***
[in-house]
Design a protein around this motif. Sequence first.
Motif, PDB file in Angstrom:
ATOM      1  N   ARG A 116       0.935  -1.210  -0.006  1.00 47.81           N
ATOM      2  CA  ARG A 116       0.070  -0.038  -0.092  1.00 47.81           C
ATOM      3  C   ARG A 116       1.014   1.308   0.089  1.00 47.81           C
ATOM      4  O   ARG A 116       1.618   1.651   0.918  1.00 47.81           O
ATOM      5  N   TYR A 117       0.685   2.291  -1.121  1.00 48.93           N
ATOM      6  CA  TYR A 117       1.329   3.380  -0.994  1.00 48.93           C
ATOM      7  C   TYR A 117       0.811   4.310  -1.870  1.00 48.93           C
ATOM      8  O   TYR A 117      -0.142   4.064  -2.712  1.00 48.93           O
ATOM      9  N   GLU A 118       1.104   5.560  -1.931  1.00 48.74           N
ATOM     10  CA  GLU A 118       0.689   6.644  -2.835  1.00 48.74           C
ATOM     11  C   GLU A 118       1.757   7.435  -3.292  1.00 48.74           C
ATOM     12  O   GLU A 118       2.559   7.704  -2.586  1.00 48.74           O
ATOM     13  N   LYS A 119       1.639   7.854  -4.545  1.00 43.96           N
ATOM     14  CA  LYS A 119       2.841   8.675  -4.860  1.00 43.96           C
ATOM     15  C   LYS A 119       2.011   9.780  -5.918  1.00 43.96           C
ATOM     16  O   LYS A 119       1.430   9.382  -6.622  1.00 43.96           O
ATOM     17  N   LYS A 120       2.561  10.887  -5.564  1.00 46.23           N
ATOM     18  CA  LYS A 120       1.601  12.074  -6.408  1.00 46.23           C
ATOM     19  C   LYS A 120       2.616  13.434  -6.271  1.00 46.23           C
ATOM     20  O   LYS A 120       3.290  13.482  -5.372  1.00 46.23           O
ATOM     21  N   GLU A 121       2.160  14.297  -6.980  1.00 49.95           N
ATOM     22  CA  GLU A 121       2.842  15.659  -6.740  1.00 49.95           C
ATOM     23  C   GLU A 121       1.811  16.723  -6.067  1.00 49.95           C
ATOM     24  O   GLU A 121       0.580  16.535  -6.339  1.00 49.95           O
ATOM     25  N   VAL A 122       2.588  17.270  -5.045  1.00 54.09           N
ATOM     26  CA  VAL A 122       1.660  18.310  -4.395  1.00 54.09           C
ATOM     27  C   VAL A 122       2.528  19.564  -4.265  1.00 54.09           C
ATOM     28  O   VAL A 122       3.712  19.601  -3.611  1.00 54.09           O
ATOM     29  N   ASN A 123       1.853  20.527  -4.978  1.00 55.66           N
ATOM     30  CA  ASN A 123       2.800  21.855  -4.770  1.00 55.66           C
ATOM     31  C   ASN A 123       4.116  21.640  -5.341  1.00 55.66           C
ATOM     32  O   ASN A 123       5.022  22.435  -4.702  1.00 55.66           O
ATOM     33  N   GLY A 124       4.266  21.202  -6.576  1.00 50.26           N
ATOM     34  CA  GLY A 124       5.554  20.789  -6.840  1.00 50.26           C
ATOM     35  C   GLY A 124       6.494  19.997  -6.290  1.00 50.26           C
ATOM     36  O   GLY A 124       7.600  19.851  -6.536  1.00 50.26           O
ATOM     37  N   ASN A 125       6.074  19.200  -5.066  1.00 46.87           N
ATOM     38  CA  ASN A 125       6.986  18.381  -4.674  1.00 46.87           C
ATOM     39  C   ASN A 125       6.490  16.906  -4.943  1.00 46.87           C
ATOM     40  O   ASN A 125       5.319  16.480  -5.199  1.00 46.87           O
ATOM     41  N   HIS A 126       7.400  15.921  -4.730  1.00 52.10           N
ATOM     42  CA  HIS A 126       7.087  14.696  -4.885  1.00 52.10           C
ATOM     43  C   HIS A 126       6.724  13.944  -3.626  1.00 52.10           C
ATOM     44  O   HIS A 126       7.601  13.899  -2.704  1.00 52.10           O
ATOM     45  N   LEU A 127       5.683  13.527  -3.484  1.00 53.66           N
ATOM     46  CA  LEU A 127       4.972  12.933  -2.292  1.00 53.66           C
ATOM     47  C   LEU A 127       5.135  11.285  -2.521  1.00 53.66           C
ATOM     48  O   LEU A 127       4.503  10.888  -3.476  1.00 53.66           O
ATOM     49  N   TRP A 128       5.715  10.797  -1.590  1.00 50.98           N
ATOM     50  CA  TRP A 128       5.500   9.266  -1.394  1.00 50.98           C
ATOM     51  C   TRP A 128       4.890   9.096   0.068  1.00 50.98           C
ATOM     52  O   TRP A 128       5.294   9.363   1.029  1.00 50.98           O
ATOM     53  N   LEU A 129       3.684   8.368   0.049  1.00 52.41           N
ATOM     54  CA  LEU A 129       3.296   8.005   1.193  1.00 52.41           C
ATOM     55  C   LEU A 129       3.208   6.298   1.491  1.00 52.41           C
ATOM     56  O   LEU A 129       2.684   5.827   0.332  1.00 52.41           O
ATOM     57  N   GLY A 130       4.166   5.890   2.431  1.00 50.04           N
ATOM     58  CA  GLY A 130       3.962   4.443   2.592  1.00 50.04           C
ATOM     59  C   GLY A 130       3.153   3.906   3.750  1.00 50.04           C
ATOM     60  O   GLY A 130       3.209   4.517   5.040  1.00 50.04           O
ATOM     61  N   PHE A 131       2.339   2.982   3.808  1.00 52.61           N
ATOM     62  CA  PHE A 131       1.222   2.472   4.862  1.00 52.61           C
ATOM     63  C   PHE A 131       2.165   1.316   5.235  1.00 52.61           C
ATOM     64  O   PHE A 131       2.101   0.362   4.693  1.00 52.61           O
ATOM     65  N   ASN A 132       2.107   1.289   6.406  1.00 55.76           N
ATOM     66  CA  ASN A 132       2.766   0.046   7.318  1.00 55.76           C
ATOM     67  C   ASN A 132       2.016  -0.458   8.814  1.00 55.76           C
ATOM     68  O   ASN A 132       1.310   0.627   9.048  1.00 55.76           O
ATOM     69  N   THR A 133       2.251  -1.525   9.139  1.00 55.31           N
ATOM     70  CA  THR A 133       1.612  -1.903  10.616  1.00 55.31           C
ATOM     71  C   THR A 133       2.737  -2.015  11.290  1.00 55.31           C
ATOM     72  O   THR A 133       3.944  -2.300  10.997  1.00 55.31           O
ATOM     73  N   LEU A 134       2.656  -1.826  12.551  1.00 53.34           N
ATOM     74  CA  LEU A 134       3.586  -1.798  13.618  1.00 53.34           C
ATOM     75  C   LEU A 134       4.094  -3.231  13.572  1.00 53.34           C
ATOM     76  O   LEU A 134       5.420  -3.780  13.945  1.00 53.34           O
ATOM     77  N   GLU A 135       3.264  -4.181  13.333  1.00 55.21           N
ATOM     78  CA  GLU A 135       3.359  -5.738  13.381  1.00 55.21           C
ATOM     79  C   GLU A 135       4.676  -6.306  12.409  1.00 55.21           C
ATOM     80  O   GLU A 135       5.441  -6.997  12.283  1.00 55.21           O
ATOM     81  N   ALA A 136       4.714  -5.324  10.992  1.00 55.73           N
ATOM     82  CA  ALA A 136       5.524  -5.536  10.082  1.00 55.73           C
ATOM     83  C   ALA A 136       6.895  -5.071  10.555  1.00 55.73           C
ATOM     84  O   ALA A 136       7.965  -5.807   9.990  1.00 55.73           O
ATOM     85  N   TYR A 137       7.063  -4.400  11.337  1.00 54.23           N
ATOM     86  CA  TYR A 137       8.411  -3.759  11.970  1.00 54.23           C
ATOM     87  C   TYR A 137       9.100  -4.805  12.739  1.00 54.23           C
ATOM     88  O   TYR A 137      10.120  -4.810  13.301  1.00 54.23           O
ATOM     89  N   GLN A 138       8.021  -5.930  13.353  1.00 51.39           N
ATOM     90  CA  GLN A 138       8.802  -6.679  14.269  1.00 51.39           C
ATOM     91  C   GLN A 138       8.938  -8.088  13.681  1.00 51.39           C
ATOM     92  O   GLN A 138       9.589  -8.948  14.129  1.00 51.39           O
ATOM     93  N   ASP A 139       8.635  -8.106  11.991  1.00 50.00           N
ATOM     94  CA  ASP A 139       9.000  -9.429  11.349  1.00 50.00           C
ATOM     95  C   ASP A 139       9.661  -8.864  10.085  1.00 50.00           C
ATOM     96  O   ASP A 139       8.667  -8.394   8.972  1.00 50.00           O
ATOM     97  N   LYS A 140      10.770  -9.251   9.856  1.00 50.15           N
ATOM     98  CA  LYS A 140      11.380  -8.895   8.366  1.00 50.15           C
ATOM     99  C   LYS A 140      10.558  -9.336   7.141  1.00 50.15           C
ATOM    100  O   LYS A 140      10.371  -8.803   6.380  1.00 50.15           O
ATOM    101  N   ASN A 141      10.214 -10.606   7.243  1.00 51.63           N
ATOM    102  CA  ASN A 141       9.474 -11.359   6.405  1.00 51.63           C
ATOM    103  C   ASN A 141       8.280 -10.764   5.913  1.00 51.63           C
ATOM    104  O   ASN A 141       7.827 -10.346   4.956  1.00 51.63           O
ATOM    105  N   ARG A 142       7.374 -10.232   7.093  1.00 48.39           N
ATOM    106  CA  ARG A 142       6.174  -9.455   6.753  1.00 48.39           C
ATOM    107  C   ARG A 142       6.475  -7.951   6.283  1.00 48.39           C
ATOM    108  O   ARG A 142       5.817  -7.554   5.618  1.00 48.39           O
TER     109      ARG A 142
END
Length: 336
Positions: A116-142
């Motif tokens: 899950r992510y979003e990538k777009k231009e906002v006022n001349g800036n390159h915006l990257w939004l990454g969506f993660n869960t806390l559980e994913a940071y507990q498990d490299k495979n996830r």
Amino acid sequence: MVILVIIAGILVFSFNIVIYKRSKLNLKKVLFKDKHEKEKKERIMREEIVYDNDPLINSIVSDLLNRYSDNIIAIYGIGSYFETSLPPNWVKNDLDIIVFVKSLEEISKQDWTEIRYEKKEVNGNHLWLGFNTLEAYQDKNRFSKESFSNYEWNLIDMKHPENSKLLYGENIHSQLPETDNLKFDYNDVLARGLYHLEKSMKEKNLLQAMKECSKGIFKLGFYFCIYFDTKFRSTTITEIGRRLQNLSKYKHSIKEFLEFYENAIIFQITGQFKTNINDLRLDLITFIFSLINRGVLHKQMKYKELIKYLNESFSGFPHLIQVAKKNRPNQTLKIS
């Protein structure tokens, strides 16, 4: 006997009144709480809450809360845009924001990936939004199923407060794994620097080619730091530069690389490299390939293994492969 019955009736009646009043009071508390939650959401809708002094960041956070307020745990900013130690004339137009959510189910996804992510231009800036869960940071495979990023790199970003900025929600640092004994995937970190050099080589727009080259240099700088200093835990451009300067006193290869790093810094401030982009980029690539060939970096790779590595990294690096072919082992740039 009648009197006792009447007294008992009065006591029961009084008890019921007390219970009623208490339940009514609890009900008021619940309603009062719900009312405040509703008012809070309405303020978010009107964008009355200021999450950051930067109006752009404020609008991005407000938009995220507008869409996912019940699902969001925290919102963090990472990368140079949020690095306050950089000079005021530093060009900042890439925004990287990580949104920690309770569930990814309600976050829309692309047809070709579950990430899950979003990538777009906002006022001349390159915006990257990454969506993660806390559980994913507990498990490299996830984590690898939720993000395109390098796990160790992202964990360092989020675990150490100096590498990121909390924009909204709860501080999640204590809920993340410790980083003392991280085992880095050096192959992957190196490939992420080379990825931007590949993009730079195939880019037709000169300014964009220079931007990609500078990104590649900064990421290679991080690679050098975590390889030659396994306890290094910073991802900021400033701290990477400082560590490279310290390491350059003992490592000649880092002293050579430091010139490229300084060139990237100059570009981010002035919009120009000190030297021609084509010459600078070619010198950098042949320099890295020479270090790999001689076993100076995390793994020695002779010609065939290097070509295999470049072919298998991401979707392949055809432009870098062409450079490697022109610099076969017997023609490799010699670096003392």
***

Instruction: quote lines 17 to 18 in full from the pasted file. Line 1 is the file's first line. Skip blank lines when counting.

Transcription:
ATOM     14  CA  LYS A 119       2.841   8.675  -4.860  1.00 43.96           C
ATOM     15  C   LYS A 119       2.011   9.780  -5.918  1.00 43.96           C